St. Mary's Anglican Catholic Church

Diocese of the Midwest

All that we know of St Aiden is found in the Venerable Bede’s Ecclesiastical History of the English People (EH). Aiden was born sometime around 590AD; and he was a monk on the Isle of Iona off the west coast of Scotland. Though the Gospel first came to Britain with the Roman Empire, in the early seventh century, Christianity in England was at a low point, much of the nation having fallen to pagan Anglo-Saxon invaders. King Oswald, who forged together the Kingdom of Northumbria in the north of England, was converted to the faith while in exile in Scotland; and he asked the Celtic Church there to send him a bishop to help convert his people. Aiden was consecrated bishop for Northumbria; and he asked the king to grant him the Isle of Lindisfarne as his see, taking up residence in 635AD. (EH III.3, 5) King Oswald was killed in the battle of Maserfield August 5, 641/2AD; and he is revered as a saint of the Church. Bishop Aiden formed a close friendship with Oswald’s successor, King Oswyn. Aiden died on August 31, 651,
Bishop Aiden was a successful preacher and pastor; and he was noted for his spiritual discipline. It was Aiden’s practice to make all of his missionary journeys through Northumbria on foot. Bede tells us, “whatsoever gifts of money he [Aiden] received from the rich, he either distributed, as has been said, for the use of the poor, or bestowed in ransoming such as had been wrongfully sold for slaves.” (EH III.5) The following story from is Bede’s account of the life of Aiden is in keeping.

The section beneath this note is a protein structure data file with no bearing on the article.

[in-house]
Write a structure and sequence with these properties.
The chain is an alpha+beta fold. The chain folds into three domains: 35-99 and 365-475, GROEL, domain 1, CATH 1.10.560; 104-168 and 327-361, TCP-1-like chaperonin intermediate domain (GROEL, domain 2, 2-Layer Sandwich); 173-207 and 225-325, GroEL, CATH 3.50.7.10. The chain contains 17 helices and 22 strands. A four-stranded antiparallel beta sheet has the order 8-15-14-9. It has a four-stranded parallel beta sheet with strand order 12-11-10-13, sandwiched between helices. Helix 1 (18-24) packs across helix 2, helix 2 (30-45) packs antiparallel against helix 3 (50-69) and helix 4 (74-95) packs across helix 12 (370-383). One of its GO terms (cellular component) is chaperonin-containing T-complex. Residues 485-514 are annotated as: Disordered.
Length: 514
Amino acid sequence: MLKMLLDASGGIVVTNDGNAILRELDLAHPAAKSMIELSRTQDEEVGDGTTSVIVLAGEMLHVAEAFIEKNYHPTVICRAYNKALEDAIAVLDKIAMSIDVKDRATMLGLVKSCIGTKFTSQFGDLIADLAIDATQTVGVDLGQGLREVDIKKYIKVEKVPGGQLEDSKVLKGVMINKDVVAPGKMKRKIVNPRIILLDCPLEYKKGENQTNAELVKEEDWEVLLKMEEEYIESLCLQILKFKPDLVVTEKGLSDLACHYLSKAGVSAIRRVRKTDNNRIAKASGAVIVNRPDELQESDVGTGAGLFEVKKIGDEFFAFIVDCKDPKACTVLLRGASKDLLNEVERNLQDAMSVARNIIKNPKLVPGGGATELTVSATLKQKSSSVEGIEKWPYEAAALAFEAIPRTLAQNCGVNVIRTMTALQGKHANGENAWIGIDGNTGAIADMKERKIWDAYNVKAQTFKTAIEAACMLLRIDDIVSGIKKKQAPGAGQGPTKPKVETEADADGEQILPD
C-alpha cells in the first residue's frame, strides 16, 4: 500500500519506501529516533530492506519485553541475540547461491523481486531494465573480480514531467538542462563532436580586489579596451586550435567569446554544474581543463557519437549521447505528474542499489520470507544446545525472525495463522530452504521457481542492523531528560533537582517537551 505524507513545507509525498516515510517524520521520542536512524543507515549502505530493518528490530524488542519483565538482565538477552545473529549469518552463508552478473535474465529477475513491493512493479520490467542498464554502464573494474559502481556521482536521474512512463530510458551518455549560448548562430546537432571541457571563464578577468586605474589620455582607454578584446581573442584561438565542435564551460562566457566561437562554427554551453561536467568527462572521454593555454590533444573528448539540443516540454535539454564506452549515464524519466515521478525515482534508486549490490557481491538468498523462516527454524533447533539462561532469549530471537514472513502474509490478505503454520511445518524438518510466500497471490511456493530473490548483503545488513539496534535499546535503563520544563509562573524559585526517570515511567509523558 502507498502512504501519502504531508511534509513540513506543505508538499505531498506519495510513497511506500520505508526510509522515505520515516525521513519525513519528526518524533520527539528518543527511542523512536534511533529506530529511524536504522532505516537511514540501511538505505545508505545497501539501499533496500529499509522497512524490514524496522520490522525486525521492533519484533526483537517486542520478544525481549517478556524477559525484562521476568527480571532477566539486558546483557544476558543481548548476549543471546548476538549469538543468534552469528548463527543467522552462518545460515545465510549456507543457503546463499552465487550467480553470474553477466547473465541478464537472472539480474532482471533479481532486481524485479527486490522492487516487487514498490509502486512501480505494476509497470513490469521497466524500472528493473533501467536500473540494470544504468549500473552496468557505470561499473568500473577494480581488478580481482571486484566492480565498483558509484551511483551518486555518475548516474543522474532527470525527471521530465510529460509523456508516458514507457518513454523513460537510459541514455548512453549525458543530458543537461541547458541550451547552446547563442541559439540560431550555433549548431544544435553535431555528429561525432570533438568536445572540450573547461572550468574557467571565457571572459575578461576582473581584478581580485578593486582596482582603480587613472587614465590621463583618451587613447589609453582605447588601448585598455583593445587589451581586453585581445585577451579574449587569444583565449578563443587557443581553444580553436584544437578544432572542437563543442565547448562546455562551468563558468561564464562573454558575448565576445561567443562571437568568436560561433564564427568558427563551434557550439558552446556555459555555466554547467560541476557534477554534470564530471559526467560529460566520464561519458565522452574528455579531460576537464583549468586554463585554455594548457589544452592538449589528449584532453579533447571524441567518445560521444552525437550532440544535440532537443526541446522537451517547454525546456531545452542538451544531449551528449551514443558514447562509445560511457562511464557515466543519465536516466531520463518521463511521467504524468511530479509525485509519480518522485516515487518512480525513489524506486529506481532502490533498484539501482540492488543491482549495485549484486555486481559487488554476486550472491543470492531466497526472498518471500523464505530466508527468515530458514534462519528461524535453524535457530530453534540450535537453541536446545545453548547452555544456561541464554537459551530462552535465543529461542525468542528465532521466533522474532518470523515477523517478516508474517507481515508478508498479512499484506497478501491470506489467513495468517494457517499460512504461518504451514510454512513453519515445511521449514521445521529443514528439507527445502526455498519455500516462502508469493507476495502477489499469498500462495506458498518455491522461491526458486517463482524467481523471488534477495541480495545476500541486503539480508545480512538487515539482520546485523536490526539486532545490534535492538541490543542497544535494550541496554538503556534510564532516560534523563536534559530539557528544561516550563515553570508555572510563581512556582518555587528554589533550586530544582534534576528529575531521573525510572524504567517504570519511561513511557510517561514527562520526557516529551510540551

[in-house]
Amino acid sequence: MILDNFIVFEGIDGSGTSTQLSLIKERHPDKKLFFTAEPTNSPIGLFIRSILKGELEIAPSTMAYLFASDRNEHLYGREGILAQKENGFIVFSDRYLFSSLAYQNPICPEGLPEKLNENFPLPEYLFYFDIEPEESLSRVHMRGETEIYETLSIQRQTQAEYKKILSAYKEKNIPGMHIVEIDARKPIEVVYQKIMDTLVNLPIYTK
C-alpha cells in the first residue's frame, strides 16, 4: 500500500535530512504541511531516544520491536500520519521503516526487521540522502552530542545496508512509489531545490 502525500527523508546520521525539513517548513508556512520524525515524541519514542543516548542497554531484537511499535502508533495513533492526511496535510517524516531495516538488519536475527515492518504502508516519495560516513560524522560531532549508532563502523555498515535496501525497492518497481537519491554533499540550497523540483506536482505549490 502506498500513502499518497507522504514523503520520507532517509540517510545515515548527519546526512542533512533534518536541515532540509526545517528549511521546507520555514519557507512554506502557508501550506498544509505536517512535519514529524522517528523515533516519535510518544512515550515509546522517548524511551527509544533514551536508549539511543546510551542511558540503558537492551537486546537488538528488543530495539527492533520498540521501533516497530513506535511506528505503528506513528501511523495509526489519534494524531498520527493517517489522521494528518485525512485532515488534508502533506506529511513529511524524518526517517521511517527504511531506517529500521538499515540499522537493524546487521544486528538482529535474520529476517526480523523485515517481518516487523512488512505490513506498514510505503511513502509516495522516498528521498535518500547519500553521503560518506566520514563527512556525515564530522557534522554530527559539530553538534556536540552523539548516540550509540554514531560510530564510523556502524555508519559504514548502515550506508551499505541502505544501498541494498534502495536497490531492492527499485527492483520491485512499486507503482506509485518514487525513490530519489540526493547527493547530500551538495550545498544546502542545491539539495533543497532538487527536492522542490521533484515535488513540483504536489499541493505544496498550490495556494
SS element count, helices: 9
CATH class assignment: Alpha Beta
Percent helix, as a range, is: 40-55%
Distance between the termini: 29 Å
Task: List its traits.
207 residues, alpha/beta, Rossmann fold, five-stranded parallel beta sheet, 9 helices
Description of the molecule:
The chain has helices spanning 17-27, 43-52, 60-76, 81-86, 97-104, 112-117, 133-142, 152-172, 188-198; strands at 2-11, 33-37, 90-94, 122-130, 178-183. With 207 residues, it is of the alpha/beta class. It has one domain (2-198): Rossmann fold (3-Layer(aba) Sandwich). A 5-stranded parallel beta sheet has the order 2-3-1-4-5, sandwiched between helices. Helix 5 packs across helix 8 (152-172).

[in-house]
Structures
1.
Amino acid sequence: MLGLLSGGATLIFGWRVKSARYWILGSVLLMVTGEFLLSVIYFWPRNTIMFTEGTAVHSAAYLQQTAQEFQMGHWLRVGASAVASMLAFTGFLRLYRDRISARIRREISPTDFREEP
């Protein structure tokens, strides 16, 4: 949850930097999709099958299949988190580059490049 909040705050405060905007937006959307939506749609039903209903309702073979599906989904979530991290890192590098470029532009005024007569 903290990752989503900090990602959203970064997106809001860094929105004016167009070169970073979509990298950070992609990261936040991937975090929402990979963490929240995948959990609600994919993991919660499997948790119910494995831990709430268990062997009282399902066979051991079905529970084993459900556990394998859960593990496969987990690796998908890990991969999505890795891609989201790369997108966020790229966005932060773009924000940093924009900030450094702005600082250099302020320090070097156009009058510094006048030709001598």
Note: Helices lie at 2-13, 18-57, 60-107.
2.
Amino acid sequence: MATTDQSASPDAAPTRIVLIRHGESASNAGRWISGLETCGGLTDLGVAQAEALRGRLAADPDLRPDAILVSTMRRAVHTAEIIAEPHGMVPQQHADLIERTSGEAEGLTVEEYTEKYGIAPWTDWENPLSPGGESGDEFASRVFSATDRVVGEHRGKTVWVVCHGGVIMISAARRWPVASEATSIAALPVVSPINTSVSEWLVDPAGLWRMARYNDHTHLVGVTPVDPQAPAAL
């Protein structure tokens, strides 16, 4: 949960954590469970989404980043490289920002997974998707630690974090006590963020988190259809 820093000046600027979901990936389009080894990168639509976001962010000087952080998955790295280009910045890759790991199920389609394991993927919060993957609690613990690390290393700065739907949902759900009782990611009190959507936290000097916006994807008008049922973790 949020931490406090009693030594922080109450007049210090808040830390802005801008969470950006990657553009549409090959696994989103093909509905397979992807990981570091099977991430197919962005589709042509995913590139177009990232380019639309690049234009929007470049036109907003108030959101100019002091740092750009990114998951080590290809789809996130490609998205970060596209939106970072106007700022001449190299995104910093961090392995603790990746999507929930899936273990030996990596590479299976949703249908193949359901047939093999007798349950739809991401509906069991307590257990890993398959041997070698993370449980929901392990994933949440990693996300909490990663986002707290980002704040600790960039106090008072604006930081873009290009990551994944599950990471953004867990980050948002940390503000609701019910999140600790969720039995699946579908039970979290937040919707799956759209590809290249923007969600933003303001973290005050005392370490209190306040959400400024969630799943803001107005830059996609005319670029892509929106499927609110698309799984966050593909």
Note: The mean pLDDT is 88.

“He [King Oswyn] had given a beautiful horse to Bishop Aidan, to use either in crossing rivers, or in performing a journey upon any urgent necessity, though the Bishop was wont to travel ordinarily on foot. Some short time after, a poor man meeting the Bishop, and asking alms, he immediately dismounted, and ordered the horse, with all his royal trappings, to be given to the beggar; for he was very compassionate, a great friend to the poor, and, in a manner, the father of the wretched. This being told to the king, when they were going in to dinner, he said to the Bishop, ‘What did you mean, my lord Bishop, by giving the poor man that royal horse, which it was fitting that you should have for your own use? Had not we many other horses of less value, or things of other sorts, which would have been good enough to give to the poor, instead of giving that horse, which I had chosen and set apart for your own use?’ Thereupon the Bishop answered, ‘What do you say, O king? Is that son of a mare more dear to you than that son of God?’” (EH III.14) In the words of the Apostle Paul, Let no man seek his own, but every man another's wealth. (1 Corinthians 10:24)